It’s May 1st, for most of you that are reading this fishing report, you know what the month of May brings, and you know what this fishing report is going to be about. Dry…Fly…Fishing! Although it is true, that the last couple of weeks have brought noses to the surface to feed on midges and the first of the baetis that have shown up so far this year; May marks the true beginning of our dry fly season here on the MO. As the water temperature rises, the amount of insect activity climbs as well, turning our underwater nymph factory into a top water buffet line for hungry pods of trout. If you have never seen 30-40 feeding trout, sometimes even more, all together in one pod working on devouring every insect that passes over them, you really should make a trip out here to the Missouri during the months of May, June, and early July. It’s a sight and experience that you’ll have a tough time forgetting.

When you’re out on the river, really study the fish as they are eating, what you observe can help you crack the code on what exactly they are eating. Don’t be afraid to throw two dry fly patterns at the noses, or even a dry fly with a smaller emerger trailing behind. Keep in mind, the fish are eating, so if they are not eating your fly, then you probably don’t have the correct offering for them. Cycle through different dry flies and emergers until you find the right combination. Cluster Midge, Comparabuzz, CDC Parachute BWO, Corn Fed Caddis (used more for a midge cluster, there are not caddis yet), Hi-Vis Rusty Spinner, CDC Baetis Dun are all good dry fly patterns to start with. As for the emergers; Sprout Baetis Emergers, Loop Wing Emergers, RS2s, even nymphs like zebra midge and JuJu baetis patterns can be used to trail behind the dry. Just remember to tie these flies in around 6″-8″ behind that dry. The goal is to keep them around 2″-3″ below the surface. If your technique isn’t producing and you can honestly say to yourself that you have been getting a perfect dead drift, then change tactics and flies. This time of year, the fish are feeding and they are feeding well, be ready to change up.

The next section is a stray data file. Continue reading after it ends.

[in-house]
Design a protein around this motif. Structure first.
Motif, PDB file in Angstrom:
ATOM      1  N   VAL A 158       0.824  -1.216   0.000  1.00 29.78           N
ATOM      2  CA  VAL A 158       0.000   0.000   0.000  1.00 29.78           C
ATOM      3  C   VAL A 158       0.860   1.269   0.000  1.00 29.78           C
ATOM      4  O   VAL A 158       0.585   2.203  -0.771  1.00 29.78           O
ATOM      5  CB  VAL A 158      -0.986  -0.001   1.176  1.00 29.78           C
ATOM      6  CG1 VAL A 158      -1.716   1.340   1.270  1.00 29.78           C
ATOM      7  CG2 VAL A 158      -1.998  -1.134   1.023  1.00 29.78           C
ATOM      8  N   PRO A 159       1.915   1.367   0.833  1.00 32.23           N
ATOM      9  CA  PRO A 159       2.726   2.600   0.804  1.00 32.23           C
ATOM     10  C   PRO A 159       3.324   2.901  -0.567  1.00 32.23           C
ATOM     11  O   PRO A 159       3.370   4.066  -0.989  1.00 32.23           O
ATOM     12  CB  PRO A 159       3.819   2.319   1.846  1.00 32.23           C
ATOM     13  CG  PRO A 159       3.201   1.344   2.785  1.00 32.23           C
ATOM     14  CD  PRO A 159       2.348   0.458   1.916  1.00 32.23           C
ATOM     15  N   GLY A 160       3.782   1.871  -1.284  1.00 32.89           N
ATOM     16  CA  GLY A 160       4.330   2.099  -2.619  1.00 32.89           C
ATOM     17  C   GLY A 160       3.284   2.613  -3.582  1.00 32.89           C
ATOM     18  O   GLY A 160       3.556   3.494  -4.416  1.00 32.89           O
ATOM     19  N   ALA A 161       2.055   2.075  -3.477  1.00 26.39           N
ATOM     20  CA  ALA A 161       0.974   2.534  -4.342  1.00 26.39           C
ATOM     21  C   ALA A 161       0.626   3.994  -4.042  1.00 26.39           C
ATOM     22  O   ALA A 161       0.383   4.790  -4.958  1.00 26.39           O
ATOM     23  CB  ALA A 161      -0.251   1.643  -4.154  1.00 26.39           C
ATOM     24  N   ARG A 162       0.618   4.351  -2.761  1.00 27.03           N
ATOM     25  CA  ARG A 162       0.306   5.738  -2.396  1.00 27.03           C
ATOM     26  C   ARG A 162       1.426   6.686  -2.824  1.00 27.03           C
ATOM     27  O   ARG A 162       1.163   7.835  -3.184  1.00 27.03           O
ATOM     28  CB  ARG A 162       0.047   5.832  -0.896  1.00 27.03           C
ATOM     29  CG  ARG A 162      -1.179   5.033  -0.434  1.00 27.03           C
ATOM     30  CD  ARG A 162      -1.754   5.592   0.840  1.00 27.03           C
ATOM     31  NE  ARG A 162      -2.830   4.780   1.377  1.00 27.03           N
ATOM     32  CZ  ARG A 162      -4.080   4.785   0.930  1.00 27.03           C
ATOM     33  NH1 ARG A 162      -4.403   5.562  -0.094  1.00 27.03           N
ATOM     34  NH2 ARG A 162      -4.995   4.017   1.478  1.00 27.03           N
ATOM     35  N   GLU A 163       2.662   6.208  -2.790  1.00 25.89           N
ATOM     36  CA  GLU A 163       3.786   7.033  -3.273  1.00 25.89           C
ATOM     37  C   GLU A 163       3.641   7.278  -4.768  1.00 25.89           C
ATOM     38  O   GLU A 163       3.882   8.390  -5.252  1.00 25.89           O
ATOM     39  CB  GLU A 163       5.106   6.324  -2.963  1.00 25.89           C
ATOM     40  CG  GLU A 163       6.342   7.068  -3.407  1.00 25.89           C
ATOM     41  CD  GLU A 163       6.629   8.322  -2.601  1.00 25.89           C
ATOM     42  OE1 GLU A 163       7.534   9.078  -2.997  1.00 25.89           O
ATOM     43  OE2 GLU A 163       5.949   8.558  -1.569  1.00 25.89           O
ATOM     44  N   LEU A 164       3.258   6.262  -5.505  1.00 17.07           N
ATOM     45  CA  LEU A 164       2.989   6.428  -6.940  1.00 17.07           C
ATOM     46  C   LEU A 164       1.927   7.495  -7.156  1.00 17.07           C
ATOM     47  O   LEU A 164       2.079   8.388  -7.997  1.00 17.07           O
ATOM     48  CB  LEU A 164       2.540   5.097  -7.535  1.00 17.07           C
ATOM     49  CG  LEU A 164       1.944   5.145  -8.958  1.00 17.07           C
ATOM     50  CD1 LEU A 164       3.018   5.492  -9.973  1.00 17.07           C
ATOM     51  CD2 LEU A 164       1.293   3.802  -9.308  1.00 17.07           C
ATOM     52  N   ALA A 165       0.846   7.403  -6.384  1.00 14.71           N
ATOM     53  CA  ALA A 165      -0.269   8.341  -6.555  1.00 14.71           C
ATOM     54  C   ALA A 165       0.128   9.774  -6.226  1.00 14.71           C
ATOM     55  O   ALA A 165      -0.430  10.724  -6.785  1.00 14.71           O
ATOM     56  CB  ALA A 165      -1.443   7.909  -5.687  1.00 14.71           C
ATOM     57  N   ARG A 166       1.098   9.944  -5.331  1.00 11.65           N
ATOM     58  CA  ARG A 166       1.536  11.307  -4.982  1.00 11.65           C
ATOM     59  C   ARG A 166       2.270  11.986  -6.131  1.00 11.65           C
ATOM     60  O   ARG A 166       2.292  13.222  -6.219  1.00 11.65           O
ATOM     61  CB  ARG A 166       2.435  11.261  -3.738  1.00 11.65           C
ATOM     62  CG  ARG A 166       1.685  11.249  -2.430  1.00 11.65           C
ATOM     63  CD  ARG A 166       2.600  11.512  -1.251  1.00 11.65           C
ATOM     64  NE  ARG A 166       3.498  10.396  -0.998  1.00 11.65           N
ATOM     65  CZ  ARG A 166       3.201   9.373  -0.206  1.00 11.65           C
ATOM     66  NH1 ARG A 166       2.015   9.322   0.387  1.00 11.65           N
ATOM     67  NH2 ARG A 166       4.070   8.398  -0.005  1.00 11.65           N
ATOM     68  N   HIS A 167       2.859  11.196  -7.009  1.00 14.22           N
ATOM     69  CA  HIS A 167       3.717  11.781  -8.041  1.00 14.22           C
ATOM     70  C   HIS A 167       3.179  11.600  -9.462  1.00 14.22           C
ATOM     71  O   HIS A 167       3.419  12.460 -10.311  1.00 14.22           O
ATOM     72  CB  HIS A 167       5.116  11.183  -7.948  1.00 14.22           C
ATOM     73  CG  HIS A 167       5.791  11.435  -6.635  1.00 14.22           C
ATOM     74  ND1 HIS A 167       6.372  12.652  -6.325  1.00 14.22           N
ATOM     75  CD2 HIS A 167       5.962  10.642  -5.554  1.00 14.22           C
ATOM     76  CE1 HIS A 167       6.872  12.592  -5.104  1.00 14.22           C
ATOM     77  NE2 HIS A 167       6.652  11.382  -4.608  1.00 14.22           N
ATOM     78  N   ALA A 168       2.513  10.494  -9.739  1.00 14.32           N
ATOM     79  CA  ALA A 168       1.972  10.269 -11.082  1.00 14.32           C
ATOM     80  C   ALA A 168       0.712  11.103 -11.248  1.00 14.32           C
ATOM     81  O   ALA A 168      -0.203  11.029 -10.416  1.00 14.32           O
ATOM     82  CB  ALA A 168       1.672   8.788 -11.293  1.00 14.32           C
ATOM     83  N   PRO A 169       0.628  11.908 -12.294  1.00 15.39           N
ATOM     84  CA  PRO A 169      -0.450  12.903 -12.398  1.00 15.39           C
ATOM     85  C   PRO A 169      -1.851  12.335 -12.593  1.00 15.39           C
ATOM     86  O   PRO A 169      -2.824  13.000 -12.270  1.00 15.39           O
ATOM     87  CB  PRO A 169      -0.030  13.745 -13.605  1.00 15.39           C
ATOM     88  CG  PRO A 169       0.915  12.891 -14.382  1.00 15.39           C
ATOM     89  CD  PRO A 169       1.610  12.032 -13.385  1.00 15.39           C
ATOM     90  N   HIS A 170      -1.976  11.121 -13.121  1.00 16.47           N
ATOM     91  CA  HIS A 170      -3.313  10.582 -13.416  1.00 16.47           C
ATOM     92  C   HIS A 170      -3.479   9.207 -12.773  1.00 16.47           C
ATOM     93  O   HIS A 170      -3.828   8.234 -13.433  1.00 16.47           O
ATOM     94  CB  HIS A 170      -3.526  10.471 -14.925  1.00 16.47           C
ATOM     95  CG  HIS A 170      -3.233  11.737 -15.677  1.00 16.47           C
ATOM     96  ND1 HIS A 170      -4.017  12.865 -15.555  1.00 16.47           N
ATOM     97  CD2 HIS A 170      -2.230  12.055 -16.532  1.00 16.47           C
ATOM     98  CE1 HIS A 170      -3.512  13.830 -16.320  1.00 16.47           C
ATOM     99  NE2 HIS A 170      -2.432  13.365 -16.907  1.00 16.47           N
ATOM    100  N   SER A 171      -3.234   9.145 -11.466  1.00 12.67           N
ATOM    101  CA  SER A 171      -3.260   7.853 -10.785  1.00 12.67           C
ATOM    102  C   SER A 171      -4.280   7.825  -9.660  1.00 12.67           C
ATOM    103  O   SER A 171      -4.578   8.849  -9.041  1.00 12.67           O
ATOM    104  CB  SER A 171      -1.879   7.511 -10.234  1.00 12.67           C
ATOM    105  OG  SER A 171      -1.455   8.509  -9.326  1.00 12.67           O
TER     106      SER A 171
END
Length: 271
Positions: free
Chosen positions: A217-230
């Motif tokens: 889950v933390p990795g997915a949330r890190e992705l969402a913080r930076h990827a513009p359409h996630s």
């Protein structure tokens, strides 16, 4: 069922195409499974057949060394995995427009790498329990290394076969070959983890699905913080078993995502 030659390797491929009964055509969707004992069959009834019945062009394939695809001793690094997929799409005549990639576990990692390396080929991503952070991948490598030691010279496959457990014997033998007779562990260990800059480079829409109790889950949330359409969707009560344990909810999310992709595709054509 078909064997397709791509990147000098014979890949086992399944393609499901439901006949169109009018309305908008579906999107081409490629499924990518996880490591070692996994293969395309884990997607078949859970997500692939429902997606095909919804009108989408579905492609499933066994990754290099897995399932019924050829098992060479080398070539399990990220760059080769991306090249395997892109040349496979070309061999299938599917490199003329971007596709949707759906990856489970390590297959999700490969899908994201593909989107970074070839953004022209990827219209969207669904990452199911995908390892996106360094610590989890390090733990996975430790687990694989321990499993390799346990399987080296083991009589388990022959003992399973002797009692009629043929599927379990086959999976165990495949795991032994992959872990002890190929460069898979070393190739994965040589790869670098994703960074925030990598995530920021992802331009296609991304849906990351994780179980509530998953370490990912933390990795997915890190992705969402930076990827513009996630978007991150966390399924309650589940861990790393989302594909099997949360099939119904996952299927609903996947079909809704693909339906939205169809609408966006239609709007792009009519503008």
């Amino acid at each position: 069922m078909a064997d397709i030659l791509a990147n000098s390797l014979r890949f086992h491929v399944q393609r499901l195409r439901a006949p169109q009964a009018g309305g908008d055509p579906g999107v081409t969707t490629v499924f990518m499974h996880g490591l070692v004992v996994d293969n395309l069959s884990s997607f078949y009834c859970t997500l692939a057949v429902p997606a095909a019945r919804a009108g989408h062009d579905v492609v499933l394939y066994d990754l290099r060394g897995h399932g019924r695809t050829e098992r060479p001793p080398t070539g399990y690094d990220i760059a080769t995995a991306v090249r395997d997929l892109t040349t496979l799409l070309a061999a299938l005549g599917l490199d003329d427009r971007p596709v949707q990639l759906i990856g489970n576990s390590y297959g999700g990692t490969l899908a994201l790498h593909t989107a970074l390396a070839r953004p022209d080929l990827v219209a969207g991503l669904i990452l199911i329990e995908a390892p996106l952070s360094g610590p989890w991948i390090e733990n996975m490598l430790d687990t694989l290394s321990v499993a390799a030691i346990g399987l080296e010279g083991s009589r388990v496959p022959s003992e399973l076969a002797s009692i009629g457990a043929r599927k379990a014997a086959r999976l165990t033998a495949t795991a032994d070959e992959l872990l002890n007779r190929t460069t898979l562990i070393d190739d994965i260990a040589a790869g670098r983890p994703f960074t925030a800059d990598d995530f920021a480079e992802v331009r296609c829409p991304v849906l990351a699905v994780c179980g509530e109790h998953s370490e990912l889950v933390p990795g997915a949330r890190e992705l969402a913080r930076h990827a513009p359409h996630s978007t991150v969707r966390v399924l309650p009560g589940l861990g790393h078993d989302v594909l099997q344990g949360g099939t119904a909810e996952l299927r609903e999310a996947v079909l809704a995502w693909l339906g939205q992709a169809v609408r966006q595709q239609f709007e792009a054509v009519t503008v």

Nymphing is still a very good technique right now on the MO, and with the current flows they way they are, be sure to throw Firebead Wire Worms and San Juans, mix in baetis nymphs as well. Pheasant Tail variations will all produce this time of year, as do Military Mays, Green Machines,  Love Bugs, MFGs, Mirage Nymphs, and Zebra Midges. Winter water is becoming a thing of the past as our water temps rise and our flows continue to go up, so keep that in mind as you hit the water. Keep plugging away out there and if you have any questions, be sure to stop in and see us at either our Helena Shop or our Craig Shop. We always love talking with you and pointing you in the right direction.

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